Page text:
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The space between us fills my hear with intolerable grief  and impossible joy (Heimerdinger, Isabell), 2002Martin as (Heimerdinger, Isabell), 2002

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Heimerdinger: Yes, and that reaches an extreme in the video with Martin Glade («The space between us fills my hear with intolerable grief and impossible joy»), where I asked him to laugh for a half hour, then cry for a half hour, and then saw how the emotions became almost interchangeable. At one point, the acted emotion could no longer be distinguished from the genuine emotion; the emotions became confused.

Peters: Compared to the photographic work that you set before the videos (Picture Sample), which recorded Glade’s grimaces and gestures, the different filmic and photographic works are very successful at showing modes of expression. The photographic always needs exaggerating in order to be read at all, while the filmic develops over a period of time, thus giving it the chance to incorporate and sustain more inapplicable moments or failures.

Heimerdinger: That perhaps compares to the difference between theater and film acting. Question from the audience: The visual language of the photographer Nina Lüth, with whom you worked on the series «Martin as,» is rather well-known and extremely unique. How did it happen that you chose to work with her on this series with Martin Glade?


Heimerdinger: When I shoot a film, I never shoot it myself; I have a cameraman for that. Of course, I’m present all throughout the shooting. I could even imagine photographing this project with a different photographer, but with the same actor. The results would certainly be completely different. It’s a performance similar to the one that involved improvising with the actors and never knowing what I was going to get. From the start, Martin carefully considered and prepared each shot. For example, he cooked and then ate, and it was important to him what he cooked; not only that there would be cooking involved, but what he actually cooked. This enacted passing of a day was almost like a ritualistic act.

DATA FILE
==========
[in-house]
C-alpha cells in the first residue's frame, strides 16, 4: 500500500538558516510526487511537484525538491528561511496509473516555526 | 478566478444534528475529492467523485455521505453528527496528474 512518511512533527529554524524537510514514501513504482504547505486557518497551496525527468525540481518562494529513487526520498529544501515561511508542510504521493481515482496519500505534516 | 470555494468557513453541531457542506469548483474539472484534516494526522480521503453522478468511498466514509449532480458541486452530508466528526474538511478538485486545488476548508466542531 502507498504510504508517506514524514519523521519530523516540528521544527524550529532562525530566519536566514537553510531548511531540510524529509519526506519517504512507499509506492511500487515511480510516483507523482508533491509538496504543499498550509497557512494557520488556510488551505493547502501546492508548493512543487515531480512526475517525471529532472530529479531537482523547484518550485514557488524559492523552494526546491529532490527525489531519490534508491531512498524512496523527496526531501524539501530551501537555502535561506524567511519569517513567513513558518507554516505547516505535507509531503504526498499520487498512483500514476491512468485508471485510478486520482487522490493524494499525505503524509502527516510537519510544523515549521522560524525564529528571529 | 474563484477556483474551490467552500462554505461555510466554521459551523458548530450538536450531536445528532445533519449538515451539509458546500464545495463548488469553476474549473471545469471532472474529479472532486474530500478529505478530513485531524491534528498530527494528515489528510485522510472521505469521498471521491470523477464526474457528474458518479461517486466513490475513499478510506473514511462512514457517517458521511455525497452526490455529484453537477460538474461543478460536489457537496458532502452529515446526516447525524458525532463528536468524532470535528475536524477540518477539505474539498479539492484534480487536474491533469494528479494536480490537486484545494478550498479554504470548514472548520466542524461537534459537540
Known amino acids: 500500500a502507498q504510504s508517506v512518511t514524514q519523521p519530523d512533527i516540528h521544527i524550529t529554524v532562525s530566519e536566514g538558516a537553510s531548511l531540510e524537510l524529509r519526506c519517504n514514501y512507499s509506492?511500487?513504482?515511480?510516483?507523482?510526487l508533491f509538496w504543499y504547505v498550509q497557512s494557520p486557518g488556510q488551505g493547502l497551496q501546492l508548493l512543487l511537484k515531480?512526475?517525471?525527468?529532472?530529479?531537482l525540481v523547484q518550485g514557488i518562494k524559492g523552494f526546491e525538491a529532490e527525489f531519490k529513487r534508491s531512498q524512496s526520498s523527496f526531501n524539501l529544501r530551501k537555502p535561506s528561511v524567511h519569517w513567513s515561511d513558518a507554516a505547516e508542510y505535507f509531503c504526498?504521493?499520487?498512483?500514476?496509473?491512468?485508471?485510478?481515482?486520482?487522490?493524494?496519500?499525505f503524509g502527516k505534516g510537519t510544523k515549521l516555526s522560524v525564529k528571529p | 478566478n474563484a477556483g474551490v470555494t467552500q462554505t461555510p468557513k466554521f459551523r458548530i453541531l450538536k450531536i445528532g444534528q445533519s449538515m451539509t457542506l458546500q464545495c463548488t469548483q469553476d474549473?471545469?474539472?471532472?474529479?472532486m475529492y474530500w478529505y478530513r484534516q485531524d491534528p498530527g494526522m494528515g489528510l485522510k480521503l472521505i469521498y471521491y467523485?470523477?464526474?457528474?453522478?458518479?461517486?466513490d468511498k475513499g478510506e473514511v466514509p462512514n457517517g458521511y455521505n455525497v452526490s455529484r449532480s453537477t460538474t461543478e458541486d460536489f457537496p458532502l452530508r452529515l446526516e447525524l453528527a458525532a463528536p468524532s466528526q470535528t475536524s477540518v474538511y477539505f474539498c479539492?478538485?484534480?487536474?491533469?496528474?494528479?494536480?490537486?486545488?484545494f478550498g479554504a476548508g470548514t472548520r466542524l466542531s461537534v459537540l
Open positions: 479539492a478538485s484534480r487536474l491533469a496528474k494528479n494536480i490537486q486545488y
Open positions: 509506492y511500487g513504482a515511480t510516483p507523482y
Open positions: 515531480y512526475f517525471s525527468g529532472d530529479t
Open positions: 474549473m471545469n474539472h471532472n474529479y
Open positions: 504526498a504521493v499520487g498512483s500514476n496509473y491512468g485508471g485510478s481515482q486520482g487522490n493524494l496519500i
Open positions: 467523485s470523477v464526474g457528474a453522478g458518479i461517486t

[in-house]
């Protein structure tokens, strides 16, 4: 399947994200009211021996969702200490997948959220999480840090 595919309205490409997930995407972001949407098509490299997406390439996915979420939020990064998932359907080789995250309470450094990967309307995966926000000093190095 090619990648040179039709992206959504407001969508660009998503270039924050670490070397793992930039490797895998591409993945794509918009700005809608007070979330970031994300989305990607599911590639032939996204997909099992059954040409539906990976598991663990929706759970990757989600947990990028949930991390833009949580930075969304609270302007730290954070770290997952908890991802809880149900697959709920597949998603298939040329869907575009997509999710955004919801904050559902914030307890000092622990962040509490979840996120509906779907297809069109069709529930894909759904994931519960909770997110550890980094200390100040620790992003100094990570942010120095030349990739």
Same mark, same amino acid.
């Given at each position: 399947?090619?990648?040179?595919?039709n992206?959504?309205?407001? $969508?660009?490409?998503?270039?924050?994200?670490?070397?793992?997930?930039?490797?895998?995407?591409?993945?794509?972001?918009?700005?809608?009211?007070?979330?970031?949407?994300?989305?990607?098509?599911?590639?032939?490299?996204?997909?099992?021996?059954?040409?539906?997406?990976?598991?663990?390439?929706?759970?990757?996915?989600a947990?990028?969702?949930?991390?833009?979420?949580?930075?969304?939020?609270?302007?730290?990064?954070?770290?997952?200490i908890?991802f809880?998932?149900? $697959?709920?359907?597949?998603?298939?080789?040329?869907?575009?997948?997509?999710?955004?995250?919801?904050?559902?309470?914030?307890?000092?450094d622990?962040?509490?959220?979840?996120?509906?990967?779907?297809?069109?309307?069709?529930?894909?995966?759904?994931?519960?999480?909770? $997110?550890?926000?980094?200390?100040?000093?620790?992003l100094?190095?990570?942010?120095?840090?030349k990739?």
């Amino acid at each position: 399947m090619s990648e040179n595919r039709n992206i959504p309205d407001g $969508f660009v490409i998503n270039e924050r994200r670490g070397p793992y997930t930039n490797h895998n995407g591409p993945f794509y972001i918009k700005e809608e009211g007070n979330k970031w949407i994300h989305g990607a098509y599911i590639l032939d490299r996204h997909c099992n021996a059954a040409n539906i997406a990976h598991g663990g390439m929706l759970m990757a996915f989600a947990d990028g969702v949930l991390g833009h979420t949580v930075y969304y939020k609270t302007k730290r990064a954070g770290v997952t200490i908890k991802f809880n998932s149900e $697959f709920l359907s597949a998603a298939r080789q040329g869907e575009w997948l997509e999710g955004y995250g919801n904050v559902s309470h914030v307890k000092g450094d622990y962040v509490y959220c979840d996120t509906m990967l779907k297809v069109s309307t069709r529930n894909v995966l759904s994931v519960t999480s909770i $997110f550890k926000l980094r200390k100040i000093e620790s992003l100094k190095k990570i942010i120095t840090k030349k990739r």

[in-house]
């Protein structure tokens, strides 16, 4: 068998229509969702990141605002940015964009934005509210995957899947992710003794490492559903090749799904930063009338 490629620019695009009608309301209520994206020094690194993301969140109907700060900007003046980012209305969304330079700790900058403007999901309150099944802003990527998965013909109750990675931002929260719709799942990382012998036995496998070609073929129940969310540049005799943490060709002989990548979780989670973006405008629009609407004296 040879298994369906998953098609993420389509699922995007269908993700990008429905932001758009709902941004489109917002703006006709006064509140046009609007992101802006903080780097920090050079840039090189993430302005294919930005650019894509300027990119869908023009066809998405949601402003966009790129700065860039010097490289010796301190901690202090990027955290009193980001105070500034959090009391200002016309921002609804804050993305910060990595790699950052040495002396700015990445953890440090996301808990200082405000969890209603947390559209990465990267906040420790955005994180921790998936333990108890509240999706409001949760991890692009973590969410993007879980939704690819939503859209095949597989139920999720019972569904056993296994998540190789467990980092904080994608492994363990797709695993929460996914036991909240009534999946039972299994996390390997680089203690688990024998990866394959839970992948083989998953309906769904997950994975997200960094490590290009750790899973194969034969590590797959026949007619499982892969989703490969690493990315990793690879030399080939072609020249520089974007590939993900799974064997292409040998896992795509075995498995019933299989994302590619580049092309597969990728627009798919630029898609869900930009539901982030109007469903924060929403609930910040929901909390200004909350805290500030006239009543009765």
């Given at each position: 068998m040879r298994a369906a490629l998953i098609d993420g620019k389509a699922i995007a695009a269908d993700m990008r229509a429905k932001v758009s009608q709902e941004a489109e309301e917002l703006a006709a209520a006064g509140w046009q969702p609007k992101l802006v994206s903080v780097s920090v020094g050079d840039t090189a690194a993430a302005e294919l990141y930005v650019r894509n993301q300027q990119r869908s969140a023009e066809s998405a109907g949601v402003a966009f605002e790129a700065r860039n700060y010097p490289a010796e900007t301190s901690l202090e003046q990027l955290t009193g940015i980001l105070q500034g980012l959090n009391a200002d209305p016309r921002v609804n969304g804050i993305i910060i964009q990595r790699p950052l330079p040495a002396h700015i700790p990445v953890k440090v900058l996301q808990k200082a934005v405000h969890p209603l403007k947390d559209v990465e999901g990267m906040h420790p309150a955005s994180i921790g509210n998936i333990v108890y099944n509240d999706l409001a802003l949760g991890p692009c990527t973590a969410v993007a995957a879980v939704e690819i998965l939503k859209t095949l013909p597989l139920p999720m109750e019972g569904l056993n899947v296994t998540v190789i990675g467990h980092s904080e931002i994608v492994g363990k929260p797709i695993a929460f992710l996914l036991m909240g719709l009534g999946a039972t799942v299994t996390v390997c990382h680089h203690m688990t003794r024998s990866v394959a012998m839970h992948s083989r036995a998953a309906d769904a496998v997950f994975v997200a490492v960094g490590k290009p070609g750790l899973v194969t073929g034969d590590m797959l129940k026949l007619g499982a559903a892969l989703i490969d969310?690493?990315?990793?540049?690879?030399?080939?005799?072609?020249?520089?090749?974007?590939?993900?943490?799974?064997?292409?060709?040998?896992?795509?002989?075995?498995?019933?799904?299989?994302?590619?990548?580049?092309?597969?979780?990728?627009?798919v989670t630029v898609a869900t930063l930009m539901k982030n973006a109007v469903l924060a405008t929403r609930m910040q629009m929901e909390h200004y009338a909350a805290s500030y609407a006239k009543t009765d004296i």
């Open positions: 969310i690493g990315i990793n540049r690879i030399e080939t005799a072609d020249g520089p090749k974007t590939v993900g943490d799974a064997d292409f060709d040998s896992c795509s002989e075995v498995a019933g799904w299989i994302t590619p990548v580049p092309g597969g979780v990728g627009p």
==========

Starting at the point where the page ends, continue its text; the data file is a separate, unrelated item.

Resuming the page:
Daniels: In connection with digital image production, one hears a lot about the death of photography, followed by discussing the lost role of the photographic image as an authentic depiction of reality, and while the digital image is thought to be totally manipulative and arbitrary by comparison. You use digital picture processing in only two of the early works that you presented here. Nevertheless, you do address the question of authenticity, only with different means. This phrasing of the question, often

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